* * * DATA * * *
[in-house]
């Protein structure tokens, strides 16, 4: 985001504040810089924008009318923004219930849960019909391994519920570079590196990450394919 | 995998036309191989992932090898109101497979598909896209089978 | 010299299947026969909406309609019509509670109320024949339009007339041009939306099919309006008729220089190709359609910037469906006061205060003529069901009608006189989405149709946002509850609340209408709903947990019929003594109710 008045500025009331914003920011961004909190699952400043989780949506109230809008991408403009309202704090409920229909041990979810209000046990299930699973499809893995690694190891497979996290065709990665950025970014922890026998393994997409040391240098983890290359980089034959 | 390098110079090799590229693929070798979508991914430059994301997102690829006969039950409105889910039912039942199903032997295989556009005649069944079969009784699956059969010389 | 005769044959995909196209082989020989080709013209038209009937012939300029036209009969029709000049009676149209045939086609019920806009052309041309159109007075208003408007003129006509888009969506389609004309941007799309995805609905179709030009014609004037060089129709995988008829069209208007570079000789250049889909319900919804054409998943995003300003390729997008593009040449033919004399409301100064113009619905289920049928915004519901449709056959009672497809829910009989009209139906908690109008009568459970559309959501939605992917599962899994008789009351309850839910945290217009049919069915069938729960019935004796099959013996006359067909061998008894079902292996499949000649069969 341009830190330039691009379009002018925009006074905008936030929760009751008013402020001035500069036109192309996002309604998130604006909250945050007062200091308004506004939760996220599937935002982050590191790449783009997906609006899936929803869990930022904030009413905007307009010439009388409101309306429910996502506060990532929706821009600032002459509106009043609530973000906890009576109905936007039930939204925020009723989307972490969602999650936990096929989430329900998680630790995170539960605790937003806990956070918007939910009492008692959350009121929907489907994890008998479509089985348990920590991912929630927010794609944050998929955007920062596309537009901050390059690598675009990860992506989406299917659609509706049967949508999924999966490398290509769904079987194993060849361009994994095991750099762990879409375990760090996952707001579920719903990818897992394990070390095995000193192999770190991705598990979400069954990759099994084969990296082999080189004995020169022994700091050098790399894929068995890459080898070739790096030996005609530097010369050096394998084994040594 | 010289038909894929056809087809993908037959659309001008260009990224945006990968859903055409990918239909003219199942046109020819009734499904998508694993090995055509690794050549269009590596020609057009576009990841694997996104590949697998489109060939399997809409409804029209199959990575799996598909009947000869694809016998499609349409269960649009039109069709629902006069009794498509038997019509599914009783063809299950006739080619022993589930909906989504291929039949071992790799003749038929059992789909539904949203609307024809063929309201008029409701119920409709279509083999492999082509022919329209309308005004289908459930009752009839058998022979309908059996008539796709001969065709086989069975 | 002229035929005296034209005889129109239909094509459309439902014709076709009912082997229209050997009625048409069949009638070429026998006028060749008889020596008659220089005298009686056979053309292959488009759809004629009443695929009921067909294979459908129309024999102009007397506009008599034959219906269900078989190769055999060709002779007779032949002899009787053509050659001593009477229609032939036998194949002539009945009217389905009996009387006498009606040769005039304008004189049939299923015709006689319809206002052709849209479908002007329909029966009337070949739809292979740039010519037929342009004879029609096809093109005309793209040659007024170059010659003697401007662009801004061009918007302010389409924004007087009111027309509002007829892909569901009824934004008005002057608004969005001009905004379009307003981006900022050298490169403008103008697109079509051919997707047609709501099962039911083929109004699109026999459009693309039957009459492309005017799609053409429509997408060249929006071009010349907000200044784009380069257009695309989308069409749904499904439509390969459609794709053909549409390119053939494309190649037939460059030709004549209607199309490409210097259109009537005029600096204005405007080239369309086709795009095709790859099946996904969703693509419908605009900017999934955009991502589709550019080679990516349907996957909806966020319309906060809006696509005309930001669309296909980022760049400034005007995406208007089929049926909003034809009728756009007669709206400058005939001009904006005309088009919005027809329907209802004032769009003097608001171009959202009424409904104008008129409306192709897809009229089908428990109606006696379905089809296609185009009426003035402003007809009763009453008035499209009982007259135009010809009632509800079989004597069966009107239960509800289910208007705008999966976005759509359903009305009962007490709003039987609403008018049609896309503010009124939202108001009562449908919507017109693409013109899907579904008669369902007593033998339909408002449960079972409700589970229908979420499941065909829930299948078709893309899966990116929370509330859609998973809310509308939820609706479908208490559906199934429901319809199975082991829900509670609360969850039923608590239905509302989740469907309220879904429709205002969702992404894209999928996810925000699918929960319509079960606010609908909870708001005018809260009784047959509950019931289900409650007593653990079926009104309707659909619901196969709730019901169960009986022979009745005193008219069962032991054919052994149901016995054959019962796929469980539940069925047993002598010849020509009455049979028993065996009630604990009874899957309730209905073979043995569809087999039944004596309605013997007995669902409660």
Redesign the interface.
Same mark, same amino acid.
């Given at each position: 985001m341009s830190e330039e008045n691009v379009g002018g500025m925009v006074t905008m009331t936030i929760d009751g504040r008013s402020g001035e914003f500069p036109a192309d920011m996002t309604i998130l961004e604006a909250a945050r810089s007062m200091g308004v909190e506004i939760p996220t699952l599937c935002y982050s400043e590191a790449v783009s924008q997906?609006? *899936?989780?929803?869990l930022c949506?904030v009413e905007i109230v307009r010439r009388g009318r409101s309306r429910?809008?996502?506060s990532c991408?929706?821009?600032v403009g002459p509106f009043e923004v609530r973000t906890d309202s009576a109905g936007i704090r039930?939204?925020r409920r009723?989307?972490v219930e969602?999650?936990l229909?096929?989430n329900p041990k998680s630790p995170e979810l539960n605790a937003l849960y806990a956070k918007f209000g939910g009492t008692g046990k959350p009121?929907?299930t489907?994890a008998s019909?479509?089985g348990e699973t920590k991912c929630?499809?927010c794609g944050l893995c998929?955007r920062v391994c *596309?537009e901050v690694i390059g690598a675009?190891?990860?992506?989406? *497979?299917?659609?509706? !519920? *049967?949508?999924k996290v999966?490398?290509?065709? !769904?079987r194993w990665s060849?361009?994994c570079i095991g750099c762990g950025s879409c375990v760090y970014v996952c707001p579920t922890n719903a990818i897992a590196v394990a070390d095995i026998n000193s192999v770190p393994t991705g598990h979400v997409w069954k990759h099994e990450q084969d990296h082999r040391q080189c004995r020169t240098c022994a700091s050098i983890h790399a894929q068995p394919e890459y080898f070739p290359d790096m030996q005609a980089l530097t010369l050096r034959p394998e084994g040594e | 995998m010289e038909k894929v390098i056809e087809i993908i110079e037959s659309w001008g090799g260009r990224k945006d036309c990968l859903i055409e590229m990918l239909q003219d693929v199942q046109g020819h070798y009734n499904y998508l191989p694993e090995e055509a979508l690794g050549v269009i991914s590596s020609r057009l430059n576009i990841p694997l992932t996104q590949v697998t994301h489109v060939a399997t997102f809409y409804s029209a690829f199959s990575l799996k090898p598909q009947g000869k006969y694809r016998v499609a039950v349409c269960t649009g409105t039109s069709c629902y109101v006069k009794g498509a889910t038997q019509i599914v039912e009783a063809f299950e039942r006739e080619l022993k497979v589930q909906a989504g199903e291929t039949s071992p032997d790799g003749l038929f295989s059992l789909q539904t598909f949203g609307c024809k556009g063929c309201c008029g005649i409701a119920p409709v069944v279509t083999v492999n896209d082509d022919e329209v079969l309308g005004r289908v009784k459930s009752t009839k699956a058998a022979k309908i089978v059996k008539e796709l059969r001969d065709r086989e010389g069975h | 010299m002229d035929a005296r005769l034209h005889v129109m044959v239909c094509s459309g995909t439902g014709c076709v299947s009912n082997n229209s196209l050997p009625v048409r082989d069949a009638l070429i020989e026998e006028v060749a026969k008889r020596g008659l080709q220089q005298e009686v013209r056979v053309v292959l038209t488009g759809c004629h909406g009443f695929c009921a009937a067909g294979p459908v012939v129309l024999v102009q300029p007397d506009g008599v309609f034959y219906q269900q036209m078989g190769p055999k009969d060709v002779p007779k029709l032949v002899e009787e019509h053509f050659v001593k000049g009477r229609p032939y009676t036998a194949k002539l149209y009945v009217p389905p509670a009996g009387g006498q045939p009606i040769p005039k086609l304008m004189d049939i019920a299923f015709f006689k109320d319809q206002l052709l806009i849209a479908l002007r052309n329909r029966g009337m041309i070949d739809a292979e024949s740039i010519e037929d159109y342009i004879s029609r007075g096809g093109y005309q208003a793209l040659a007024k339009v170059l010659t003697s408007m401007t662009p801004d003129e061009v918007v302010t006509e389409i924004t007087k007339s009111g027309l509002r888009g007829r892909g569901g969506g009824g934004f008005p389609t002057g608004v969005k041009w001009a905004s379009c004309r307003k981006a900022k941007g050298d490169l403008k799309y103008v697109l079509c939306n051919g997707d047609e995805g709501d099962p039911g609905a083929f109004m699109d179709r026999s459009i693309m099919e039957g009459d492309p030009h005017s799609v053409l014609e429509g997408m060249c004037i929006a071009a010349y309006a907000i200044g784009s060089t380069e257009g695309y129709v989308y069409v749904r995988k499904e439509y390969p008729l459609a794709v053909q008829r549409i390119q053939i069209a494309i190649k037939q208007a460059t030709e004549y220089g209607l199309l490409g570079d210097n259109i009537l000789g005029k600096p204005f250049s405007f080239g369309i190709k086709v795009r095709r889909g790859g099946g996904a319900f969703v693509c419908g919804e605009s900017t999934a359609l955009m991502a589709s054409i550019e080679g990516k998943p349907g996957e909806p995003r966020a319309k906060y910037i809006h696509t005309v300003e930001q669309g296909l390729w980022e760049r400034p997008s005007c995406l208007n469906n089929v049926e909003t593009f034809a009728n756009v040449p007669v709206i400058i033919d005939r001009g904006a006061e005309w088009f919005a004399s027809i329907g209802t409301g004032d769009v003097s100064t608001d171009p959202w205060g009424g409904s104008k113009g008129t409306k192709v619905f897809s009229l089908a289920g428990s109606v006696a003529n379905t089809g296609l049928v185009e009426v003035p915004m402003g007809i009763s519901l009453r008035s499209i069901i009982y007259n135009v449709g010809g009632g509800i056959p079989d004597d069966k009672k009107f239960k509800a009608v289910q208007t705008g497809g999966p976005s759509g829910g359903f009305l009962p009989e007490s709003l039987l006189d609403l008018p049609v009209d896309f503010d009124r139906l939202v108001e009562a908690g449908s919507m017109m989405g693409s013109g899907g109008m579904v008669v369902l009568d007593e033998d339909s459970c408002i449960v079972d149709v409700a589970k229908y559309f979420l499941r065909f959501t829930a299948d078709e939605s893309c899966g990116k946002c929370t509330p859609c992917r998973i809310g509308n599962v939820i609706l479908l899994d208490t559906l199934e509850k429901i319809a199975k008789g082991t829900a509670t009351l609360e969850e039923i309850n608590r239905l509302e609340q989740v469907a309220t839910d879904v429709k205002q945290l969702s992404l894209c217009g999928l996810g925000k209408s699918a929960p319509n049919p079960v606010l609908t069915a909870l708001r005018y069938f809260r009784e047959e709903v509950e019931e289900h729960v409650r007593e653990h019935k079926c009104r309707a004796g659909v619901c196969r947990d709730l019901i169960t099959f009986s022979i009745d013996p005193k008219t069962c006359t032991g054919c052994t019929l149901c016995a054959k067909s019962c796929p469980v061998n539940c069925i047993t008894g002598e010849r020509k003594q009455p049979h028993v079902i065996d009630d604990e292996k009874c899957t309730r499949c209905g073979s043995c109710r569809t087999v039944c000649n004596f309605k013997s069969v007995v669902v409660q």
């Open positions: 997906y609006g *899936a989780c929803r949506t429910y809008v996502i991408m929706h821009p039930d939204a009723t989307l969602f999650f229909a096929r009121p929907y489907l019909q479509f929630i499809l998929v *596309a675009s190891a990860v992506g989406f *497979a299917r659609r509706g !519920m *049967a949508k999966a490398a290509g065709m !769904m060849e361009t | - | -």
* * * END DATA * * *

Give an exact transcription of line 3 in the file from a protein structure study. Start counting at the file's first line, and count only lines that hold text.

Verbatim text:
Redesign the interface.